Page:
Next summer’s peak demand in Texas is forecasted to grow by about 3% compared to the summers of 2019 and 2020. The good news is that new generation is being added at a faster rate, which will create a higher Reserve Margin where the amount of electricity supply exceeds the forecasted demand. Most of this new generation is coming from renewable power projects across Texas. Once it is operational, the Samson Solar project, a 1,310 MW solar array in Northeast Texas, will become the largest solar farm in the US.
On December 16, ERCOT released their December Capacity, Demand and Reserve (CDR) Report, detailing the amount of current installed generating capacity, the 5-year forecasts of future summer peak demand, future planned generation, and the reserve margin forecasts. This report showed an increase in peak demand of about 3% for the summer of 2021 compared to the past two summer’s peaks of about 74,900 MW. As shown in Figure 1, when this increased demand is combined with the additional generating capacity, it creates a forecasted reserve margin for the summer of 2021 of 15.5%, which is almost 3% higher than last summer’s forecasted reserve margin of 12.6%.
Figure 1: ERCOT 5-Year Forecasts from ercot.com
While the figures in the CDR report were close to expectations, the most surprising part of the report was the increase in planned generation and the higher-than-expected reserve margin for 2022, which increased to 27.3%. These higher reserve margins are mainly driven by an additional 9,273 MW of solar output by the summer of 2022. This is in addition to the 3,039 MW of solar capacity coming online before the summer of 2021.
Some perspective is necessary to appreciate the magnitude of this new solar generating capacity, especially the Samson Solar project near Lamar County. The implications of this and other projects will change the landscape of Texas in the same way that wind farms have over the last two decades in West Texas.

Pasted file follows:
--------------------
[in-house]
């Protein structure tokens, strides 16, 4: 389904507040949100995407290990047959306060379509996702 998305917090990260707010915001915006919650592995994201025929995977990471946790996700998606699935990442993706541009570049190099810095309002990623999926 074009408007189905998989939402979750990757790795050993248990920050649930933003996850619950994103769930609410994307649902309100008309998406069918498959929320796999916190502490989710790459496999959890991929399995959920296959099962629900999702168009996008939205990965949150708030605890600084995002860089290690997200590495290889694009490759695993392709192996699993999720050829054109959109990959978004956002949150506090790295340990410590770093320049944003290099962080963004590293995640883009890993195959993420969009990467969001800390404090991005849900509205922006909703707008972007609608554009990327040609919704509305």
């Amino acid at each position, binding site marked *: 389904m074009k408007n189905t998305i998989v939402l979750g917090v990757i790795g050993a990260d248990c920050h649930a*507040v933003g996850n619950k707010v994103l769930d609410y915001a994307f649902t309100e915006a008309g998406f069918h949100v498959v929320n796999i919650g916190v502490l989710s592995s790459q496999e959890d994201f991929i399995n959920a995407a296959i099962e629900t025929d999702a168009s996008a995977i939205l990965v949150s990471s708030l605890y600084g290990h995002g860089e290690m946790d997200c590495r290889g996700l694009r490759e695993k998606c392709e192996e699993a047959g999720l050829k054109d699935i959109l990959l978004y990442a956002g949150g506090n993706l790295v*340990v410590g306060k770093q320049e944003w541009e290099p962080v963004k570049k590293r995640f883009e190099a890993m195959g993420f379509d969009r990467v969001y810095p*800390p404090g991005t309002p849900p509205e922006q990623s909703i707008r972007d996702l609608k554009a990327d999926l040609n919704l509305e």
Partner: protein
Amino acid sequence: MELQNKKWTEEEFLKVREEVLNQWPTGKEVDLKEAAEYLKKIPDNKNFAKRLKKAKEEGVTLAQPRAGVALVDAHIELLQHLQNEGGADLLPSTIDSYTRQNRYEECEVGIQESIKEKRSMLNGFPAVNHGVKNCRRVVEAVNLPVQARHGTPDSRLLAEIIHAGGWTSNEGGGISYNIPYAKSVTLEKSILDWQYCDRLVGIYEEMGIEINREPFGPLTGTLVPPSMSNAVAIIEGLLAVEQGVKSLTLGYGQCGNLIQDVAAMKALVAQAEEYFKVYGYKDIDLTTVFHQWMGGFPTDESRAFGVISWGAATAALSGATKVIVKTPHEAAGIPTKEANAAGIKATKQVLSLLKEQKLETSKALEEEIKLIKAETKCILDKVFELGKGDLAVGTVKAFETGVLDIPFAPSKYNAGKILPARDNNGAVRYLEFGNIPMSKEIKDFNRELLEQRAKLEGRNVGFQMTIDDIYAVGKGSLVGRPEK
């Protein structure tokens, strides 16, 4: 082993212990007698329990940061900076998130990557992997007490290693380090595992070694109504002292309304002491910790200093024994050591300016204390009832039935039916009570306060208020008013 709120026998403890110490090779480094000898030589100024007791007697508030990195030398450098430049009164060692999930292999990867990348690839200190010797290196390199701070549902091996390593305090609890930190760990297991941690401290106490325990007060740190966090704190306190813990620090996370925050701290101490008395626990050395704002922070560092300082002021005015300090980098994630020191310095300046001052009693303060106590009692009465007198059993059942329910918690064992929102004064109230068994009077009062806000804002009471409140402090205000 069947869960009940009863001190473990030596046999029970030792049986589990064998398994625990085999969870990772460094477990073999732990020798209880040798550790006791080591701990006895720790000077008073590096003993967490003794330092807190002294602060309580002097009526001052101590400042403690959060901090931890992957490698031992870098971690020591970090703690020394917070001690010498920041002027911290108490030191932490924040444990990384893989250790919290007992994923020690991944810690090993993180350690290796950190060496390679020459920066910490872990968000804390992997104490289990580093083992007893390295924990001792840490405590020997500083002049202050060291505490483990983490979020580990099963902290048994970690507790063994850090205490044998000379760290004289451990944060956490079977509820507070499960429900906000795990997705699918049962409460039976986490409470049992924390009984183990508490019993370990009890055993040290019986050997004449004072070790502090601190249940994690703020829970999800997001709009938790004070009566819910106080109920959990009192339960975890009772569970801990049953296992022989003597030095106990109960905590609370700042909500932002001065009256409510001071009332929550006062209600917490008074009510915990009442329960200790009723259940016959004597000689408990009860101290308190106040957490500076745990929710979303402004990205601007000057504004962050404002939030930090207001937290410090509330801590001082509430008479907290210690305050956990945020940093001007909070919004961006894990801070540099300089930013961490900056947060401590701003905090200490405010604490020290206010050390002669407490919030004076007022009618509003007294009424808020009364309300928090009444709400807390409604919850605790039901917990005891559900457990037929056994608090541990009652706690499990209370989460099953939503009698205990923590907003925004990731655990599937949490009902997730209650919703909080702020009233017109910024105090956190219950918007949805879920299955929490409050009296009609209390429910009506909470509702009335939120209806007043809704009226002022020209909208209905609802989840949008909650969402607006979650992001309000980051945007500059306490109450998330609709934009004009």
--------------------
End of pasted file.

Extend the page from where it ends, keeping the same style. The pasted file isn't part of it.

Searching for the world’s largest solar arrays, one will find less than a handful of solar projects greater than 1,000 MW. In the US, there’s nothing even close to this size. The largest array in California, the state with the most installed solar, is the Topaz Solar Farm, a 550 MW project.
The physical size of an array of this size is astonishing. A solar array greater than 1,300 MW is likely to take up approximately 6,500 acres, or 10 square miles. For a sense of scale, consider the size of these well-known and recognizable locations:
- Six Flags of Texas at Arlington: 1/3 sq. mile or 212 acres (3% the size of Samson Solar)
- Central Park in New York City: 843 acres (12% the size of Samson Solar)
- Downtown Dallas: 1.4 square miles (14% the size of Samson Solar)
- The 4 main theme parks at Disney World, combined: 1,127 acres (17% the size of Samson Solar)
- The whole island of Manhattan, NY: 23 sq. miles (2.3X the size of Samson Solar)
8 Central Parks will fit within the Samson Solar Array.
When the Samson Solar array and numerous other solar projects come online in the next two years, they will cover the same amount of space as almost 50,000 football fields! This is almost five times the size of the island of Manhattan. No wonder New York City is having a hard time trying to figure out where to put all these solar farms in order to meet their goal of moving to 70% renewable power by 2030.